Your local plumber offers more than rooter service. If you have a larger problem than a single instance of a clogged toilet, your plumber can take a look at your entire plumbing system, including your sewer line. Your plumber can insert a video camera down your pipes to find issues, such as sagging pipes or a broken sewer line. When your sewer line is broken, your plumber can repair it in the traditional way or use a trenchless method.
Traditional Sewer Replacement with Excavation
In the past, the only way to repair a broken sewer line was by excavating the entire damaged section. The damaged piping was removed then replaced with a new section of pipe. Traditional replacement is still used, but since the acceptance of trenchless sewer replacement in the plumbing industry, it’s been used less frequently. Traditional replacement can be expensive and uproot landscapes, gardens, and buildings, so plumbers try to avoid it.
Trenchless Sewer Replacement
The least invasive repair option is trenchless sewer repair & replacement. The first trenchless technology was created in the 1970s, when British agricultural engineer Eric Woods developed the pipe replacement technique cured-in-place piping (CIPP). He developed this method when he needed to repair a damaged air duct above his mushroom bed, as he couldn’t remove the pipe. Instead, he pulled a plastic-wrapped felt tube containing resin through the damaged pipe, then inflated it to fill the pipe. This hardened into a new layer, fixing the pipe without major construction.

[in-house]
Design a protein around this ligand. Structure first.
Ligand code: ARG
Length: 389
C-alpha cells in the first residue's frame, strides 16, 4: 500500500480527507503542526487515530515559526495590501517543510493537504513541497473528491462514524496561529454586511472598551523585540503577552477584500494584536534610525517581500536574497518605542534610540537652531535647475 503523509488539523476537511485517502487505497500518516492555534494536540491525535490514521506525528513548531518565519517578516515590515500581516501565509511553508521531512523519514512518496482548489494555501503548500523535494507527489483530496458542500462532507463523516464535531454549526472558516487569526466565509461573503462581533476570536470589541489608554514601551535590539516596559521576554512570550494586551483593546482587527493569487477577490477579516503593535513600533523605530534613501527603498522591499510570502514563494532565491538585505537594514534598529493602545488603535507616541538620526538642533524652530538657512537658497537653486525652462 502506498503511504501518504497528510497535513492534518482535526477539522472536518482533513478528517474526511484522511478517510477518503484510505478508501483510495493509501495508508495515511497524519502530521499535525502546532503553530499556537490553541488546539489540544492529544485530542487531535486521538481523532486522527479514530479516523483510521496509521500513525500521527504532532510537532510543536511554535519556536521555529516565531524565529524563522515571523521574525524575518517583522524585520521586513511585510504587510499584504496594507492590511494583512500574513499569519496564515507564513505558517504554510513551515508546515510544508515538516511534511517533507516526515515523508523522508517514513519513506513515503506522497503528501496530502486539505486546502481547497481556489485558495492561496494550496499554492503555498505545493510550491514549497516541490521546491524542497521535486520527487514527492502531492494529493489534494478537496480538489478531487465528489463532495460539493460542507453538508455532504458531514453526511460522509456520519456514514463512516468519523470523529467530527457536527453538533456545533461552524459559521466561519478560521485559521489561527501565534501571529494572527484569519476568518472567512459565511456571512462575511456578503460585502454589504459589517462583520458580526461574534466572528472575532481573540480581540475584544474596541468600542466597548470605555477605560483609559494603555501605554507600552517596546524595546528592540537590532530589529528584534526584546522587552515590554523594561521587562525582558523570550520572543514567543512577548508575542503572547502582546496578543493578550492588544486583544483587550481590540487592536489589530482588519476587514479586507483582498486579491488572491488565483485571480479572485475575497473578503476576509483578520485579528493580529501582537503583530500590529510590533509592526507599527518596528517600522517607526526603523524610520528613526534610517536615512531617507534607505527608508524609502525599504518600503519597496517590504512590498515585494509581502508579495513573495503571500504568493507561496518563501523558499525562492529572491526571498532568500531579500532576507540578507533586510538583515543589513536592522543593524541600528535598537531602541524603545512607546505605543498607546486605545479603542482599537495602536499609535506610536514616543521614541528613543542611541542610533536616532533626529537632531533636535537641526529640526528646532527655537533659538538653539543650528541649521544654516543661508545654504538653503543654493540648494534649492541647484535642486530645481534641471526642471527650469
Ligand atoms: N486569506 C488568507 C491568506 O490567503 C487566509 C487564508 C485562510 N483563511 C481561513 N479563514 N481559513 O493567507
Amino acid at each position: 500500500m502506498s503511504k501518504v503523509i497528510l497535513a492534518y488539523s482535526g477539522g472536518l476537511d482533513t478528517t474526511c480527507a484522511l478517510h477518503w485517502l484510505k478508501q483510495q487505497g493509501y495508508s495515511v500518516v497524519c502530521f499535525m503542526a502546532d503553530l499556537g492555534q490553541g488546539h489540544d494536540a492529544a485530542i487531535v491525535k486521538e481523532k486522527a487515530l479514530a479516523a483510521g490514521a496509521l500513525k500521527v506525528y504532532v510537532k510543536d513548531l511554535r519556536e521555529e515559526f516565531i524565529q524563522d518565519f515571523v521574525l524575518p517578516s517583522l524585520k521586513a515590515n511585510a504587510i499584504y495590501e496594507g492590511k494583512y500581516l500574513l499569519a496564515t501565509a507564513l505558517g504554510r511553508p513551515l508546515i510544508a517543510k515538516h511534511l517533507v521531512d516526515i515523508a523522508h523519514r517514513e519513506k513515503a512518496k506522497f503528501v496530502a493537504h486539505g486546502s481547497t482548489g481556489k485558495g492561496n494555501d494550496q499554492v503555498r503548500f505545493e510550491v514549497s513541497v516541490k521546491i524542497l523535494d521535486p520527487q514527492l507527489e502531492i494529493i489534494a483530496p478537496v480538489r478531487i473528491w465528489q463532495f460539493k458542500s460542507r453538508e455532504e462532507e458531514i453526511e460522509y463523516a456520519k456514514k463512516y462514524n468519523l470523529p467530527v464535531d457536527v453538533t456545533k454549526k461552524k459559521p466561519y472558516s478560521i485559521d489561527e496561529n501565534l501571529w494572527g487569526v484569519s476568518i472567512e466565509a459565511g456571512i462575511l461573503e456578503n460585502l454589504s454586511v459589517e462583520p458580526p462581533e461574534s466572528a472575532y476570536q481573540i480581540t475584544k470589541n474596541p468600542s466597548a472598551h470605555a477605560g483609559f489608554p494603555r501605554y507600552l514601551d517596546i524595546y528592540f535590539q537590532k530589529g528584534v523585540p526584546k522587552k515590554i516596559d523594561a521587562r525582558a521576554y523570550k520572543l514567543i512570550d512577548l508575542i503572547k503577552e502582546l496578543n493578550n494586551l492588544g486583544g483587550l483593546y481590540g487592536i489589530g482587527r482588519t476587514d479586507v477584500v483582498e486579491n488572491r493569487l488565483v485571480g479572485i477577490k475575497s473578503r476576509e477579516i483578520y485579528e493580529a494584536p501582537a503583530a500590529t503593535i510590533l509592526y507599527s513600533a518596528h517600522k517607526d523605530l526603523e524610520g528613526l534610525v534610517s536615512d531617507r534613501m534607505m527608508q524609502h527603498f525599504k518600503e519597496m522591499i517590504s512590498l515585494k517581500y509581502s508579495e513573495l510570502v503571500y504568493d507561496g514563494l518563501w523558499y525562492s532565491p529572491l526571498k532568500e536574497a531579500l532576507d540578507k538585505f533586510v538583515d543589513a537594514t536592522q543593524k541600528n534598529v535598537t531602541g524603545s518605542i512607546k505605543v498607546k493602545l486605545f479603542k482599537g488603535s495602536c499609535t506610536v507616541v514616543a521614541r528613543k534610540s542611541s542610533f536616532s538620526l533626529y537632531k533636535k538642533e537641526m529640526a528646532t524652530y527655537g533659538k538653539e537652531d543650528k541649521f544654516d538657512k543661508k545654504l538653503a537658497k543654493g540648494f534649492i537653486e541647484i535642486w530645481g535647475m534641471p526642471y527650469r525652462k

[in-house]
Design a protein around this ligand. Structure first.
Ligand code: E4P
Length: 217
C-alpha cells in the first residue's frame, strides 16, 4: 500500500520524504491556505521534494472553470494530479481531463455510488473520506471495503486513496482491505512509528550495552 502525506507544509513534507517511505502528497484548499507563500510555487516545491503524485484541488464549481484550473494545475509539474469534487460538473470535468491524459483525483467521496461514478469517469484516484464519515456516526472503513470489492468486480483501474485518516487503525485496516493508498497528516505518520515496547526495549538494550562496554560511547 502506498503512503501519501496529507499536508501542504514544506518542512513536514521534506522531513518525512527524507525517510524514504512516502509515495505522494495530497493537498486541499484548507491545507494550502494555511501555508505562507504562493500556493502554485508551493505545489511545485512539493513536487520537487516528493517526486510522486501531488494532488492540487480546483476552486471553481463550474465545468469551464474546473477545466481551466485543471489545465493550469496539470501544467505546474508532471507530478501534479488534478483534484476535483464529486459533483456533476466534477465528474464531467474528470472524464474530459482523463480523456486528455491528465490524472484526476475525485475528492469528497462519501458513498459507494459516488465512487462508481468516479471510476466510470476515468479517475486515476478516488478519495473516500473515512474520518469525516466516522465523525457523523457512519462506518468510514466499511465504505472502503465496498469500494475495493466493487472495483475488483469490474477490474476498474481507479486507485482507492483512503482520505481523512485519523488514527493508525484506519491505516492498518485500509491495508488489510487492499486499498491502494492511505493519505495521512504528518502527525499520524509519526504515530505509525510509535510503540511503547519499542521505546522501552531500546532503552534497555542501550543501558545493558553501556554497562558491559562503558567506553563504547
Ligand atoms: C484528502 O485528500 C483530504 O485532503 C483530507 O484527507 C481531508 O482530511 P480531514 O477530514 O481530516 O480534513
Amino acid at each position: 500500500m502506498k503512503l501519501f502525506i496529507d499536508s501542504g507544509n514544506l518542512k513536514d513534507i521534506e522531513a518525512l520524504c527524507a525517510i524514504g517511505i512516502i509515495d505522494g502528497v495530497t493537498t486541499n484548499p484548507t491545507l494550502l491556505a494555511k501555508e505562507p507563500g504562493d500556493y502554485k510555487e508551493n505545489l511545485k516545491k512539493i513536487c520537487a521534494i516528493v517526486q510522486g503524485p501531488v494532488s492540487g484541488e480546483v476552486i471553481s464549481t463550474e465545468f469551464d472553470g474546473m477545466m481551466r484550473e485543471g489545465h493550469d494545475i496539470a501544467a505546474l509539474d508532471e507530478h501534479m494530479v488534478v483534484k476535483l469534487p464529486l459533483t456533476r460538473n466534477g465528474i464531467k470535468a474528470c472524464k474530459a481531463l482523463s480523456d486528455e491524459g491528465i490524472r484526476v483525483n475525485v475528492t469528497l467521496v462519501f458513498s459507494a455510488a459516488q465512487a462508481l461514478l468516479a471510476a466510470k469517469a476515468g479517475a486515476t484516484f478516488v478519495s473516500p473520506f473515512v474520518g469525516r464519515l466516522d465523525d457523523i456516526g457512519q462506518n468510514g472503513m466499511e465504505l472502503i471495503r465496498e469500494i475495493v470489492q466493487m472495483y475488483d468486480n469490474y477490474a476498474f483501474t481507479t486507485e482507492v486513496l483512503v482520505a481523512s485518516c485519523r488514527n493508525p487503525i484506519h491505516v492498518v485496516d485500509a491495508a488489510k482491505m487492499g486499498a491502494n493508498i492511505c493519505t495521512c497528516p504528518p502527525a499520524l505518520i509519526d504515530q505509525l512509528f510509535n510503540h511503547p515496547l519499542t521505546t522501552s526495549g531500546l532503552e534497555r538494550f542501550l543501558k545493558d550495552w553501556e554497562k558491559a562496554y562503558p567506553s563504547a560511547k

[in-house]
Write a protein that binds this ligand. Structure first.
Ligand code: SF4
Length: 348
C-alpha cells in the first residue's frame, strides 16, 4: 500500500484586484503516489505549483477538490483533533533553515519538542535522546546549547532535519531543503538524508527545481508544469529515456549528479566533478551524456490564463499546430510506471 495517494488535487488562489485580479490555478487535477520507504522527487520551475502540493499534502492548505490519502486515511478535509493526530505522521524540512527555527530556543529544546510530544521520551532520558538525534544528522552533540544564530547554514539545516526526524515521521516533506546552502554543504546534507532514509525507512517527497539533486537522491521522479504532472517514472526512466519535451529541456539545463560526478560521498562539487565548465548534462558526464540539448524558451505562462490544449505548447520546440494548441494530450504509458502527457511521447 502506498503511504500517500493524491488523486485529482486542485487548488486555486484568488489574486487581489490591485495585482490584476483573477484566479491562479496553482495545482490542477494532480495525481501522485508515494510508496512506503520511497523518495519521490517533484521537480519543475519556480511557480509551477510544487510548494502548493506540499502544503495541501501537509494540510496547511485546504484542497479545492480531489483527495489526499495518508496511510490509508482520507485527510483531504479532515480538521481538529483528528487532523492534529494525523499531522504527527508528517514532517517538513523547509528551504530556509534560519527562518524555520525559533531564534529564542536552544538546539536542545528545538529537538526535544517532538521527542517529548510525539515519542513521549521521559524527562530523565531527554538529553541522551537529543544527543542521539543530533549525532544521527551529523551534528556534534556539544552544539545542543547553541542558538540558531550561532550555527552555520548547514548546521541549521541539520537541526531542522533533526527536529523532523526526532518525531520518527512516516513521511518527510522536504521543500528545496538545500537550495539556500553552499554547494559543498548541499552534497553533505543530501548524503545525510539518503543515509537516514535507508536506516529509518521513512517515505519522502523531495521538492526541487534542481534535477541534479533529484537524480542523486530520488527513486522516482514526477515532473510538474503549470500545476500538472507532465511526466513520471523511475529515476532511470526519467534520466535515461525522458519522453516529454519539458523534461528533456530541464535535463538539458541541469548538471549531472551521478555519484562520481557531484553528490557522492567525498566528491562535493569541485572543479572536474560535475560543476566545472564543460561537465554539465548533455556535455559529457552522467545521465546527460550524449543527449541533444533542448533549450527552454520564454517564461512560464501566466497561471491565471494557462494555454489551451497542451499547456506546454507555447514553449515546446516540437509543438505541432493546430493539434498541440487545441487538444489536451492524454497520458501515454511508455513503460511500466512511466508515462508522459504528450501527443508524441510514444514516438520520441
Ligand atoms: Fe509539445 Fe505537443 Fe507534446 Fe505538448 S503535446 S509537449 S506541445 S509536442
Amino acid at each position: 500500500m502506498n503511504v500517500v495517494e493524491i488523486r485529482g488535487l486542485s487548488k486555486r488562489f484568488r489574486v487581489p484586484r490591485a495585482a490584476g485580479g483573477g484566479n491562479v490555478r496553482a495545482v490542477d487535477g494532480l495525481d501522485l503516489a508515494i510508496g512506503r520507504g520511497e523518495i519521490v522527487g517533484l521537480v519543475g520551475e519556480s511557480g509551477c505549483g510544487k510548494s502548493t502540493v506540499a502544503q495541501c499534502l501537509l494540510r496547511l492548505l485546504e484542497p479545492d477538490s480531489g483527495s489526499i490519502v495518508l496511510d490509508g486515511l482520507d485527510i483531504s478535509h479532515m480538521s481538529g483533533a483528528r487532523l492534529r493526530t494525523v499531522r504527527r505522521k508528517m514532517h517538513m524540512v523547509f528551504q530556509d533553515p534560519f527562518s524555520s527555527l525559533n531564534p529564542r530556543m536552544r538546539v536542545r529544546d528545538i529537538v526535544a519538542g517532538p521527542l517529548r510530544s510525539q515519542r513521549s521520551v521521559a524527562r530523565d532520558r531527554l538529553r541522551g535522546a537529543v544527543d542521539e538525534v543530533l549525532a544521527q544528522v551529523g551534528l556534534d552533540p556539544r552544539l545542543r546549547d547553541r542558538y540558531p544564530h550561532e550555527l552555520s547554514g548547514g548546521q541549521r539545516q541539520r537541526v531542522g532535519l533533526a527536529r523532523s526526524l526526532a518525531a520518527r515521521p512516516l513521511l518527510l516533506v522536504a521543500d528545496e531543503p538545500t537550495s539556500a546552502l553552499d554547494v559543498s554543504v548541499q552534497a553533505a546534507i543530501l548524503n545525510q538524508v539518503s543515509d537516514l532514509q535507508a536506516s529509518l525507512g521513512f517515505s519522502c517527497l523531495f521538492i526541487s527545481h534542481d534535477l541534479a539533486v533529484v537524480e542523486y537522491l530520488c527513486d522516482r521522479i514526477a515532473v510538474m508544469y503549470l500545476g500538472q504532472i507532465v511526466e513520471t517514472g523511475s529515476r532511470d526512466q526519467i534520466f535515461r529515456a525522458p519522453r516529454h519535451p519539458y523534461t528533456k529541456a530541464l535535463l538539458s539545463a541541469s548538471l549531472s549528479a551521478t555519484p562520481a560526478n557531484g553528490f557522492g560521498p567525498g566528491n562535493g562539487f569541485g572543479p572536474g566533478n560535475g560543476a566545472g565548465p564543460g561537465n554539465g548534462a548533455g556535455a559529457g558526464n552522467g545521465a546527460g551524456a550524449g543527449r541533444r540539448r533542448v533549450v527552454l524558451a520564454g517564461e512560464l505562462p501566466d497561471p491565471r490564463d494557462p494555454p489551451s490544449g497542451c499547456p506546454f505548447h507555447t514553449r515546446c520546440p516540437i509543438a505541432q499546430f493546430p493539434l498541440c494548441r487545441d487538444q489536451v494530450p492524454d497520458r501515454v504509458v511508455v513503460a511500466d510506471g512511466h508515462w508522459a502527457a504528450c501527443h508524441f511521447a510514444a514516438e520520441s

In addition to CIPP, your sewer line replacement contractor will consider two other methods. Here’s what you need to know about those trenchless sewer replacement methods:
Sliplining uses the broken pipe as a pathway for the new pipe. The new pipe must be narrower than the broken pipe, so it can fit inside and be grouted into place. This turns the old pipe into an outer shell that is slightly larger than the new pipe, so if you want to upsize your new pipe, you’ll want the next method: pipe bursting.
Pipe bursting uses a bursting tool that pulls a new pipe along the broken pipe, dismantling the broken pipe open as the new pipe replaces it. The new pipe can be of any size, so this is the best trenchless option if you want a new pipe of a similar or larger diameter.
When you’ll need traditional sewer replacement
Trenchless sewer replacement requires an intact old pipe to work. If the old pipe is too damaged, misshapen with a pipe belly, or sags, you’ll need traditional replacement. Additionally, if your old pipe is close to the surface and not underneath gardens or buildings, it could be cost effective to use traditional replacement because it’s easy to dig a narrow trench.
When you can use trenchless sewer replacement
The fundamental prerequisite for trenchless sewer replacement is the old pipe being intact enough to act as a feeder tube. In most cases, if the old pipe can be a feeder tube, you can use trenchless repair.
Ehret Co. Plumbing & Heating — Family-owned rooter service
To determine the best way to fix your broken sewer line, contact Ehret. Co Plumbing & Heating through our online contact form or call us at 510-528-4292. We’ll inspect your sewer line and talk you through the different repair options available.